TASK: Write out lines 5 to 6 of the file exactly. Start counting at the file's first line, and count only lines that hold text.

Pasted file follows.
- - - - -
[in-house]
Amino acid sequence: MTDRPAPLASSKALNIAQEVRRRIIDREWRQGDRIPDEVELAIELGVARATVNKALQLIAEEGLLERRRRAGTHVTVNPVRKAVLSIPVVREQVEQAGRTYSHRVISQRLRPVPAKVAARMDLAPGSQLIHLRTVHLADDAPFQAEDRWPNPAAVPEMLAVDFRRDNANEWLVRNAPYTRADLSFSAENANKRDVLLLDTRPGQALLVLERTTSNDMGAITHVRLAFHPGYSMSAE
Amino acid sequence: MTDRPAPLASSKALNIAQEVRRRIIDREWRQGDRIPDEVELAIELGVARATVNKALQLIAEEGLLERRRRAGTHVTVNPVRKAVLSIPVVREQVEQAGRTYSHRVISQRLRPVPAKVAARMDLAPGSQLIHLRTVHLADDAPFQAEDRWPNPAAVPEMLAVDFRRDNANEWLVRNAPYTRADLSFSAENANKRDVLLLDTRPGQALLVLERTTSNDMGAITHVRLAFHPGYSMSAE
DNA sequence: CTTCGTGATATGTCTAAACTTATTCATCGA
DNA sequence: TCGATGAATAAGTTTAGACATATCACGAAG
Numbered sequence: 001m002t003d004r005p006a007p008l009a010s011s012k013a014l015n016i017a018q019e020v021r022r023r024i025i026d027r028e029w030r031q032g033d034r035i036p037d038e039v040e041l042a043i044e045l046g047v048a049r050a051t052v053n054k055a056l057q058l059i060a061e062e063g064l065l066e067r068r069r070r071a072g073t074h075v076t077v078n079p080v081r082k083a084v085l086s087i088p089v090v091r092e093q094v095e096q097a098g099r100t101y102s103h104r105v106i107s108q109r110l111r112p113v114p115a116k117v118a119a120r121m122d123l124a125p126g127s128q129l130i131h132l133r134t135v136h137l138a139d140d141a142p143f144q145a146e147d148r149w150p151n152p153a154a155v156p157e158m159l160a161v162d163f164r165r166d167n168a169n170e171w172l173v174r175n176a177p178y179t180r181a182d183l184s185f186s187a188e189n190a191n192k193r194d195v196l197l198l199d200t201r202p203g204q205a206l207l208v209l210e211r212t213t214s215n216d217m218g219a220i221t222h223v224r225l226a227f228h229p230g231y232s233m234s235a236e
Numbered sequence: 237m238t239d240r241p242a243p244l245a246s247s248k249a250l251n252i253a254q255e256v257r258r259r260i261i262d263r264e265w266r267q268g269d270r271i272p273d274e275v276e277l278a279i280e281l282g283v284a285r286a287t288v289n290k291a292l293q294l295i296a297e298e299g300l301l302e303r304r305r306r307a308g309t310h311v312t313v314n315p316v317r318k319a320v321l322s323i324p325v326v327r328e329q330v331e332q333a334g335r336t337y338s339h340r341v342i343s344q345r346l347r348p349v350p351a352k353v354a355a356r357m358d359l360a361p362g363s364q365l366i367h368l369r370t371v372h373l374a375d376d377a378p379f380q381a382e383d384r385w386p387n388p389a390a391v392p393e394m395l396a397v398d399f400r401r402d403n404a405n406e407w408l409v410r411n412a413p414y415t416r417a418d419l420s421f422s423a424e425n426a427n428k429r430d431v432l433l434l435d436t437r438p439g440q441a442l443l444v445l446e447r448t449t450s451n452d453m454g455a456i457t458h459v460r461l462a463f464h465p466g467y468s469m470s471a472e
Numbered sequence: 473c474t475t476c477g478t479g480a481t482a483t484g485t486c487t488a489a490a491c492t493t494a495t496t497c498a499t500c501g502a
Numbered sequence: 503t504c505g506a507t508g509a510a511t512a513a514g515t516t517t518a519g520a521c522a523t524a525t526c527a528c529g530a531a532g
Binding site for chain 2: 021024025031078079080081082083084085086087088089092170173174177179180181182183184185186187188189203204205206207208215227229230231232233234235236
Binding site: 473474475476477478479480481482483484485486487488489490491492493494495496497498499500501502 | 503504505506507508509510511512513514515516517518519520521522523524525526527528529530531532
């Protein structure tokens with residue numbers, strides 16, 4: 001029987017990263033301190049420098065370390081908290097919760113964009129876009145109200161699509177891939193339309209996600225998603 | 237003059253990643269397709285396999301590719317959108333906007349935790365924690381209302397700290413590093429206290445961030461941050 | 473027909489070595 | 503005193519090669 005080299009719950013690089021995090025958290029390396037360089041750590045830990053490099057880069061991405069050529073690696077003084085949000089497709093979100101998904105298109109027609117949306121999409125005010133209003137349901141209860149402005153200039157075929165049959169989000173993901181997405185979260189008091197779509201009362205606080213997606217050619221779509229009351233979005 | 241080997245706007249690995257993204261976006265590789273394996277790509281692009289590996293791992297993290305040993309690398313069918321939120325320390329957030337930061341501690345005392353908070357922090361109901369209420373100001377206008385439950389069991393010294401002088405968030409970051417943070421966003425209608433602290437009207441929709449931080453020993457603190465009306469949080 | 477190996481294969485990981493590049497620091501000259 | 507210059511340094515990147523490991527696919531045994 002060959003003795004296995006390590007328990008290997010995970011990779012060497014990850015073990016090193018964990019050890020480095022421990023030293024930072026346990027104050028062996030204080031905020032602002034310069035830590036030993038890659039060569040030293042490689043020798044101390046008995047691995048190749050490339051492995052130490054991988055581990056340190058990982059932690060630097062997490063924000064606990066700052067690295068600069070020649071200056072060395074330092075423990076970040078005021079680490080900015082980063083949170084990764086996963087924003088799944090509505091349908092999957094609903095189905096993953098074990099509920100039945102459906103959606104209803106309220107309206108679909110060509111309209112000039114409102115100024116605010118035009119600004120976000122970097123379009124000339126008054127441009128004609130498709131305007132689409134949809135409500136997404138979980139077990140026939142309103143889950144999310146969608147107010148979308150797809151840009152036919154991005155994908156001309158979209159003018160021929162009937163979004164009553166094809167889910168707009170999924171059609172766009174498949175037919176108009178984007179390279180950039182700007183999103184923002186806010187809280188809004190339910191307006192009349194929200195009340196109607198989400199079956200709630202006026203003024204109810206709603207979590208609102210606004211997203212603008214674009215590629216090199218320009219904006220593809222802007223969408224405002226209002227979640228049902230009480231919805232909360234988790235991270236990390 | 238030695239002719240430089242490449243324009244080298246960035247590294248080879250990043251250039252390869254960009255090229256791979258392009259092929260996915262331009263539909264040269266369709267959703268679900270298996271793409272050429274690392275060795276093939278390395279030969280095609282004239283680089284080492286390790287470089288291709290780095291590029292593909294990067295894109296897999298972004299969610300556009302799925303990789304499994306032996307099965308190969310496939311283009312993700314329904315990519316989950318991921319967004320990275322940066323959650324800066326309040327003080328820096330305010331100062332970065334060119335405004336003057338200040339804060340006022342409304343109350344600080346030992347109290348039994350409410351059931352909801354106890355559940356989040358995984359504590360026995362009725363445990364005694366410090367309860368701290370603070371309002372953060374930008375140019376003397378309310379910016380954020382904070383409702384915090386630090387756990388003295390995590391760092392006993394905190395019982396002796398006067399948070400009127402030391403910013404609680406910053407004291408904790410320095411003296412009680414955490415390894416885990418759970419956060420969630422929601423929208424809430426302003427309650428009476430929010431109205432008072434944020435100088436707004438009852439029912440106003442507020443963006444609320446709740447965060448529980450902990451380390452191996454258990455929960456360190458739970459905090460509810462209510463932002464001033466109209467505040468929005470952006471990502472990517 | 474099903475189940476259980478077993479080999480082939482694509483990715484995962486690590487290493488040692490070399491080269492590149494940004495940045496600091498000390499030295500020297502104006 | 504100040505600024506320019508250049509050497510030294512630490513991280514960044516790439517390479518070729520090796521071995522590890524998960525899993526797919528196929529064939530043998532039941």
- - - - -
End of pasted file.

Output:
DNA sequence: TCGATGAATAAGTTTAGACATATCACGAAG
Numbered sequence: 001m002t003d004r005p006a007p008l009a010s011s012k013a014l015n016i017a018q019e020v021r022r023r024i025i026d027r028e029w030r031q032g033d034r035i036p037d038e039v040e041l042a043i044e045l046g047v048a049r050a051t052v053n054k055a056l057q058l059i060a061e062e063g064l065l066e067r068r069r070r071a072g073t074h075v076t077v078n079p080v081r082k083a084v085l086s087i088p089v090v091r092e093q094v095e096q097a098g099r100t101y102s103h104r105v106i107s108q109r110l111r112p113v114p115a116k117v118a119a120r121m122d123l124a125p126g127s128q129l130i131h132l133r134t135v136h137l138a139d140d141a142p143f144q145a146e147d148r149w150p151n152p153a154a155v156p157e158m159l160a161v162d163f164r165r166d167n168a169n170e171w172l173v174r175n176a177p178y179t180r181a182d183l184s185f186s187a188e189n190a191n192k193r194d195v196l197l198l199d200t201r202p203g204q205a206l207l208v209l210e211r212t213t214s215n216d217m218g219a220i221t222h223v224r225l226a227f228h229p230g231y232s233m234s235a236e